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November 24, 2020
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Jackson County celebrates Memorial Day weekend

Every year, we observe Memorial Day in honor of those who have lost their lives serving this country. 

Several events across Jackson County were held over the weekend to honor those that have made the ultimate sacrifice.

Saturday, the families of those who lost someone in service were honored at the dedication for the new Gold Star Marker in front of the Mary C. O’Keefe Cultural Center in Ocean Springs.

Gold Star families are the survivors of those who made the ultimate sacrifice for their country. They are the ones who will never see their spouse, sibling, or child ever again.

 

The Ocean Springs Garden Club, who previously secured the Blue Star Marker by the Civic Center, also helped secure the new Gold Star Marker.

The Ocean Springs Garden Club chose the Mary C. as the location for the Gold Star Marker because the center was already home to two other memorials, which allowed the event to be held in conjunction with the God and Country Memorial Concert inside the Mary C. 

Gold Star families who attended the event were able place a flower with the name of their lost loved one at the base of the marker. 

Sunday night, dozens of people gathered in Beach Park in Pascagoula for Sounds of the Sea.

The Singing River Chorale opened the free concert, and the then the Gulf Coast Symphony, directed by Peter Rubardt, performed songs honoring loccal military men and women, with performances of “God Bless America,” “Battle Hymn of the Republic,” and “1812 Overture.”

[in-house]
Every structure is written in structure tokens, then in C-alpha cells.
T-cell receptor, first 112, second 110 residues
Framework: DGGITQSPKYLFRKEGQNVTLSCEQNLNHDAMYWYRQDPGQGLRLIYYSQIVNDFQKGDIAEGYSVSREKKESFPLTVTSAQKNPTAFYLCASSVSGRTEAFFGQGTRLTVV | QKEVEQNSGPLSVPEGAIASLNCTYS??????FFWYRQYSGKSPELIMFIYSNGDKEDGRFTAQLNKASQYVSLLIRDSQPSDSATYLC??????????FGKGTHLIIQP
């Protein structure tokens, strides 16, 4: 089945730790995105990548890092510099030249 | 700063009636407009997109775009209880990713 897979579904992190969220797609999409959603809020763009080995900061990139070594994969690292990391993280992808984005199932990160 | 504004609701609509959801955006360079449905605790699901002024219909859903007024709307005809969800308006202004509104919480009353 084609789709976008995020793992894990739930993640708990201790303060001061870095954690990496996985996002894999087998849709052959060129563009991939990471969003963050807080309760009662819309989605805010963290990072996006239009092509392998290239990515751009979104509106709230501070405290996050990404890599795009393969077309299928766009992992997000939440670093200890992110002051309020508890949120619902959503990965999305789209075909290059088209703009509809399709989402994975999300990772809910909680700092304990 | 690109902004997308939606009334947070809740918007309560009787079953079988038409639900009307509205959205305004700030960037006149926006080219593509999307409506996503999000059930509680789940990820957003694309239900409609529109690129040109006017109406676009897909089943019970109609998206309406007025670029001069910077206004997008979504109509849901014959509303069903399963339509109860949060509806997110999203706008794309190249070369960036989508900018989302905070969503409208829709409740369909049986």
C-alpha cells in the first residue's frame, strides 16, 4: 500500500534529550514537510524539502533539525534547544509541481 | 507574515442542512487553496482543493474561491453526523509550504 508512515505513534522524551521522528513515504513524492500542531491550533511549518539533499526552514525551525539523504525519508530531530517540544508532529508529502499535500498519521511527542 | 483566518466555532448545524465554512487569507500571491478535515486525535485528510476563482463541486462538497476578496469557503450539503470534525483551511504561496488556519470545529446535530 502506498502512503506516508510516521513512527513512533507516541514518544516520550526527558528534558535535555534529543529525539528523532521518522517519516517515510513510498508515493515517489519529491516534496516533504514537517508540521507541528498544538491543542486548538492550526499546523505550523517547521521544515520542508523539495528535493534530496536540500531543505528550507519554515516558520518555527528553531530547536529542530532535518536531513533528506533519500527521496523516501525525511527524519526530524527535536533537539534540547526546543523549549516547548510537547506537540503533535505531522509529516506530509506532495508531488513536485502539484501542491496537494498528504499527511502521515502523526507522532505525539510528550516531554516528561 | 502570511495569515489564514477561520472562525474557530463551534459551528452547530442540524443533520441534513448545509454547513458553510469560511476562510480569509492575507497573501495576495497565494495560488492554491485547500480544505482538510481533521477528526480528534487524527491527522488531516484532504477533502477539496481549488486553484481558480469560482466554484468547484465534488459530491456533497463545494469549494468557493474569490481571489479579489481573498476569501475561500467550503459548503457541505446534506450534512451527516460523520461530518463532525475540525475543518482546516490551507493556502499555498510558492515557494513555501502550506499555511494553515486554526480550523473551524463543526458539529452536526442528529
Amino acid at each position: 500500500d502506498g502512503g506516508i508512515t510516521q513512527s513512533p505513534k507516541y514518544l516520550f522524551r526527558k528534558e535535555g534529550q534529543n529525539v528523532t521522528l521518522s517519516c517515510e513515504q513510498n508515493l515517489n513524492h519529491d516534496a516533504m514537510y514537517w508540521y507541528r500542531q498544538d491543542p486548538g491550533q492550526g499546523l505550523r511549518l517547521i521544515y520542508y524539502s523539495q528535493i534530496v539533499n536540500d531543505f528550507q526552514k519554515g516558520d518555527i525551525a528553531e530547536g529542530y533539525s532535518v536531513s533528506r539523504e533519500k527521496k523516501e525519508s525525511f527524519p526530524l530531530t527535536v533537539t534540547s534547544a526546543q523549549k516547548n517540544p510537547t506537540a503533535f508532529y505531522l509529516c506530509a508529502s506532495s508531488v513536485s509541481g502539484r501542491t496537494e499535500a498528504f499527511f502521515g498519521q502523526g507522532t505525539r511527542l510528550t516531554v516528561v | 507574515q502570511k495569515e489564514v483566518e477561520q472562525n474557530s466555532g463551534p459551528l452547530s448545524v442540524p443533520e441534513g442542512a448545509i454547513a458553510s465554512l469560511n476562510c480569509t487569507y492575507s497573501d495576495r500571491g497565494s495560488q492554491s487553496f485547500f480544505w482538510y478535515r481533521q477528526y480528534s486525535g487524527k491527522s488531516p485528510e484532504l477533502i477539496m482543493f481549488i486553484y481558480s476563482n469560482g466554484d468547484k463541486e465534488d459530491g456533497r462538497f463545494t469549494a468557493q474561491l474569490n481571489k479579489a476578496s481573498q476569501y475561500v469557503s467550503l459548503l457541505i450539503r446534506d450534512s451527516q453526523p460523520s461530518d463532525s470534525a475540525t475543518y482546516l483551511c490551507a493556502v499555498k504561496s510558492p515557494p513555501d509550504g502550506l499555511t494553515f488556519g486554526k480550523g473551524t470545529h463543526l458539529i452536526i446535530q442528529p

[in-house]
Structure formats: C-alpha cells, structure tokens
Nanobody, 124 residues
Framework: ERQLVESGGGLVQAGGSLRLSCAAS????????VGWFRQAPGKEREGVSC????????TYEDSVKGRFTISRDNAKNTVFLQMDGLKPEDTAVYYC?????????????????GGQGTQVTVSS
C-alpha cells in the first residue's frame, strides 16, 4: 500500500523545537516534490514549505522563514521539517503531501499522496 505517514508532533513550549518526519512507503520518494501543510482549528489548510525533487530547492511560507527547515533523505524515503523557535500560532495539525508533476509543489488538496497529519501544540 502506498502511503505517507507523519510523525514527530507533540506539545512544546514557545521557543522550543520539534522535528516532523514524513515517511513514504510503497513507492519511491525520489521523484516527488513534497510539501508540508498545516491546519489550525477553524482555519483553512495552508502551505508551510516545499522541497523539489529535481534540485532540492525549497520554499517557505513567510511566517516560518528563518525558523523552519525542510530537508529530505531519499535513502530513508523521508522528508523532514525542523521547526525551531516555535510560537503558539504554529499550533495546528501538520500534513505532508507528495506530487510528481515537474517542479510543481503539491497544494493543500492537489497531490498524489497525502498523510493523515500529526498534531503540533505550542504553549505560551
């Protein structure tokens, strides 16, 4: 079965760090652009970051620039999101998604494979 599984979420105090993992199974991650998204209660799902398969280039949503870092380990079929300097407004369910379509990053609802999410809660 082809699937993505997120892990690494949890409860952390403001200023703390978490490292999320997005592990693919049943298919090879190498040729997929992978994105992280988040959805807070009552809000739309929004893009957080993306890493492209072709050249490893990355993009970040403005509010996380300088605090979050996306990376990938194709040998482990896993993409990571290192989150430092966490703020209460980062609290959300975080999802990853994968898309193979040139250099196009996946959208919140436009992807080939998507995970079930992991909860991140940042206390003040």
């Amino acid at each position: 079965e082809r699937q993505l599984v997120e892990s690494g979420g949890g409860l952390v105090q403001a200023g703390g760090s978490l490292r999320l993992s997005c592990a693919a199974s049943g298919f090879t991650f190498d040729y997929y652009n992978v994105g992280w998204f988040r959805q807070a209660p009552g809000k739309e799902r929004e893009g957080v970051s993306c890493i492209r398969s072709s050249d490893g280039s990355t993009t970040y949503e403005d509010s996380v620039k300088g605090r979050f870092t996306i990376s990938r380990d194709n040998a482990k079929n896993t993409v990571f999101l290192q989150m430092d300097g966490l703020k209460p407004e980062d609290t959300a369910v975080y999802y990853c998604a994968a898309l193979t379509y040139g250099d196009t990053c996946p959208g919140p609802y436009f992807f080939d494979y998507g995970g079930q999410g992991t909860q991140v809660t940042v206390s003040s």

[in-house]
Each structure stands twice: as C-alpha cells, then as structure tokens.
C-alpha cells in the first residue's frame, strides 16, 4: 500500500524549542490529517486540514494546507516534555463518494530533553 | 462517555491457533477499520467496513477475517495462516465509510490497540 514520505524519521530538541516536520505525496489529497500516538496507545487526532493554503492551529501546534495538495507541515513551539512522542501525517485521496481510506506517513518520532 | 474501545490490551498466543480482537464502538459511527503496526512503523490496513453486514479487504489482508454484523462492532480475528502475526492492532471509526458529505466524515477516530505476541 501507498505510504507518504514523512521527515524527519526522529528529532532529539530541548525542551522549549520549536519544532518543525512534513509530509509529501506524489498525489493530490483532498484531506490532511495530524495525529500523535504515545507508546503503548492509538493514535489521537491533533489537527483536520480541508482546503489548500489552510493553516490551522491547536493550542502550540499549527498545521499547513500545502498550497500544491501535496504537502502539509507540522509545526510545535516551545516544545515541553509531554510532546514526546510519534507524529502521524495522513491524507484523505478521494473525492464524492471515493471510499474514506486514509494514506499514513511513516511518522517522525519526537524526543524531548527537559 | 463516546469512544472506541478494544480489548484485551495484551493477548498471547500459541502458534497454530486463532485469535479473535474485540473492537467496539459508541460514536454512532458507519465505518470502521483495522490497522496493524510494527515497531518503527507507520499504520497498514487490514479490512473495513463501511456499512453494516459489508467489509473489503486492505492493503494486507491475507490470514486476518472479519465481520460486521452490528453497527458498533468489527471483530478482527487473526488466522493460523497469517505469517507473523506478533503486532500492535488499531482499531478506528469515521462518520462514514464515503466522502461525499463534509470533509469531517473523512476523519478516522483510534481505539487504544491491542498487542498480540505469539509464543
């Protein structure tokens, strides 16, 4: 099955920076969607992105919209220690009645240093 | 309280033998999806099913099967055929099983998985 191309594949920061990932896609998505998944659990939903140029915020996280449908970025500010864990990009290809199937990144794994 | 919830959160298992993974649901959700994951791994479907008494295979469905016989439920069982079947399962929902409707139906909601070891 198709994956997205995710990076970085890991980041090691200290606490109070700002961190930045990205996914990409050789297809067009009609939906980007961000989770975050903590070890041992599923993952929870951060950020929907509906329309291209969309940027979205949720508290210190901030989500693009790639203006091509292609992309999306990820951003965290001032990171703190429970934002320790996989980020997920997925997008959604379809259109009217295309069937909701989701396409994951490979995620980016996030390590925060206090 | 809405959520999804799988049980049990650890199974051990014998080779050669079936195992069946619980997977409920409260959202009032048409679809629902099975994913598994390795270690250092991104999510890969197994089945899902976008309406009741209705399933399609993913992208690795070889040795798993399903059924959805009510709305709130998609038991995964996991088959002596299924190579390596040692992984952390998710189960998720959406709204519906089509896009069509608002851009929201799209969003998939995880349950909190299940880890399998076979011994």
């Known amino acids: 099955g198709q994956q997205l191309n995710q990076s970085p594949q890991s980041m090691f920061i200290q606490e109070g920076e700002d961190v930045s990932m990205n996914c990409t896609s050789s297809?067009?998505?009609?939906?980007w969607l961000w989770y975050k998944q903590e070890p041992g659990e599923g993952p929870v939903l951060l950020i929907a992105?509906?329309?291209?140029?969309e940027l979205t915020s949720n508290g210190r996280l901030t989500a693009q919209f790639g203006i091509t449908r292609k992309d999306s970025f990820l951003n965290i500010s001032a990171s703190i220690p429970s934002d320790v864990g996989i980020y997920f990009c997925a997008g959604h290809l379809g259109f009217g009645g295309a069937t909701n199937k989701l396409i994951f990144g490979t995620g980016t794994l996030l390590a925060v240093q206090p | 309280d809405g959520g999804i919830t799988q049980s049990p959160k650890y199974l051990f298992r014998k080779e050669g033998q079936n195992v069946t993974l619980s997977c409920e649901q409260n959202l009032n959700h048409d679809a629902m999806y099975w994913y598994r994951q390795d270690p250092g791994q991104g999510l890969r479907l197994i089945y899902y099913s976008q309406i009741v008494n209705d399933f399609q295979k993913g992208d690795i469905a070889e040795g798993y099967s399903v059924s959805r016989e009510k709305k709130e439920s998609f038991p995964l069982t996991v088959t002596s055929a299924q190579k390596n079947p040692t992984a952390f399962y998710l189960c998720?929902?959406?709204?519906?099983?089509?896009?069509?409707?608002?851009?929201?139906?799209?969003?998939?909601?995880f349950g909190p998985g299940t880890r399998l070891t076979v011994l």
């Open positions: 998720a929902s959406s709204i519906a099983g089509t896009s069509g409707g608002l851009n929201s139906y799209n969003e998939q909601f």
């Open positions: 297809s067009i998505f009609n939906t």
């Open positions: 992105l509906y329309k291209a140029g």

Frank Emond served as the evening’s guest conductor, and he shared his experiences in service with the crowd during the evening. 

At 99 years old, Emond was stationed on the USS Pennsylvania during the bombing of Pearl Harbor.

“I joined the Navy in 1938 as a musician,” Emond recalled. “I remember that day hearing over the speakers, ‘General quarters, no drill. General quarters no drill.’ So we immediately had to go to our battle stations. At the end of the day, one of my jobs was to retrieve the dead and the wounded. We were given rifles and ammunition that night in case of an invasion. On Memorial Day, I remember everyone that was lost on that day.”

After hearing his story, the crowd gave Emond a standing ovation.

“I think it is extremely important to recognize our veterans, those that have served and those that are serving currently,” said Thomas Browning, who served with the Marine Corps and works with the Moss Point Honor Flight. “Being a Vietnam era veteran and never getting any kind of welcome home or thank you for your service to our great nation ,I feel that letting our veterans who have served know how much we appreciate them and the sacrifices that they have made. And to the families of the veterans who have made the ultimate sacrifice, I say thank you, and I am extremely sorry for your loss. And I must tell you that the World War II veterans, I never really understood why they call them the greatest generation until I got involved with Honor Flight and met these wonderful men that sacrificed so much that you and I may have the freedom that we enjoy today. God bless them and God bless America.”

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